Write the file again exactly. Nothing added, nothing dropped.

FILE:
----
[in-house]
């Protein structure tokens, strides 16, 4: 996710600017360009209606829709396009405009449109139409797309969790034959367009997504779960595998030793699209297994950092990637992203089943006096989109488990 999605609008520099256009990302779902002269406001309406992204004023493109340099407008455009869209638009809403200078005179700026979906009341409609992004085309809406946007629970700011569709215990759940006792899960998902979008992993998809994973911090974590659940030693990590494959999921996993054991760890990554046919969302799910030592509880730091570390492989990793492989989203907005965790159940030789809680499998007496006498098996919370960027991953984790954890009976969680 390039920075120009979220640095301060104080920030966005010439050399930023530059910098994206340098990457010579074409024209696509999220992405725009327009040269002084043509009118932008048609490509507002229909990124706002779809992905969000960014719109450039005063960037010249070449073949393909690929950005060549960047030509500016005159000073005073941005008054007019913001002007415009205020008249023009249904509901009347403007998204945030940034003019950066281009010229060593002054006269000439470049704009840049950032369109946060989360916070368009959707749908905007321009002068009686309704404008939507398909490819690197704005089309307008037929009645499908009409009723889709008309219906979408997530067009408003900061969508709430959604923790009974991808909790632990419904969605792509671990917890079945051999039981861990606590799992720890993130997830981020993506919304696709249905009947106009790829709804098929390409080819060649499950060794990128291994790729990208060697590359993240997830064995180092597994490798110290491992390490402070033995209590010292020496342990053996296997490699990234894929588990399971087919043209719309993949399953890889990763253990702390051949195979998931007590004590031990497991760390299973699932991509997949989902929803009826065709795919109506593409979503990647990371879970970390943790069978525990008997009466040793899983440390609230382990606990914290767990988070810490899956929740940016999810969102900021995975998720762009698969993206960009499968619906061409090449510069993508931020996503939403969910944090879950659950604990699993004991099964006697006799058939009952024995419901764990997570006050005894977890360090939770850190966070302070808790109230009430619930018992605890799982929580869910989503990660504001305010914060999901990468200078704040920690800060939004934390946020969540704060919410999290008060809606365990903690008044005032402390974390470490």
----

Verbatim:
[in-house]
């Protein structure tokens, strides 16, 4: 996710600017360009209606829709396009405009449109139409797309969790034959367009997504779960595998030793699209297994950092990637992203089943006096989109488990 999605609008520099256009990302779902002269406001309406992204004023493109340099407008455009869209638009809403200078005179700026979906009341409609992004085309809406946007629970700011569709215990759940006792899960998902979008992993998809994973911090974590659940030693990590494959999921996993054991760890990554046919969302799910030592509880730091570390492989990793492989989203907005965790159940030789809680499998007496006498098996919370960027991953984790954890009976969680 390039920075120009979220640095301060104080920030966005010439050399930023530059910098994206340098990457010579074409024209696509999220992405725009327009040269002084043509009118932008048609490509507002229909990124706002779809992905969000960014719109450039005063960037010249070449073949393909690929950005060549960047030509500016005159000073005073941005008054007019913001002007415009205020008249023009249904509901009347403007998204945030940034003019950066281009010229060593002054006269000439470049704009840049950032369109946060989360916070368009959707749908905007321009002068009686309704404008939507398909490819690197704005089309307008037929009645499908009409009723889709008309219906979408997530067009408003900061969508709430959604923790009974991808909790632990419904969605792509671990917890079945051999039981861990606590799992720890993130997830981020993506919304696709249905009947106009790829709804098929390409080819060649499950060794990128291994790729990208060697590359993240997830064995180092597994490798110290491992390490402070033995209590010292020496342990053996296997490699990234894929588990399971087919043209719309993949399953890889990763253990702390051949195979998931007590004590031990497991760390299973699932991509997949989902929803009826065709795919109506593409979503990647990371879970970390943790069978525990008997009466040793899983440390609230382990606990914290767990988070810490899956929740940016999810969102900021995975998720762009698969993206960009499968619906061409090449510069993508931020996503939403969910944090879950659950604990699993004991099964006697006799058939009952024995419901764990997570006050005894977890360090939770850190966070302070808790109230009430619930018992605890799982929580869910989503990660504001305010914060999901990468200078704040920690800060939004934390946020969540704060919410999290008060809606365990903690008044005032402390974390470490």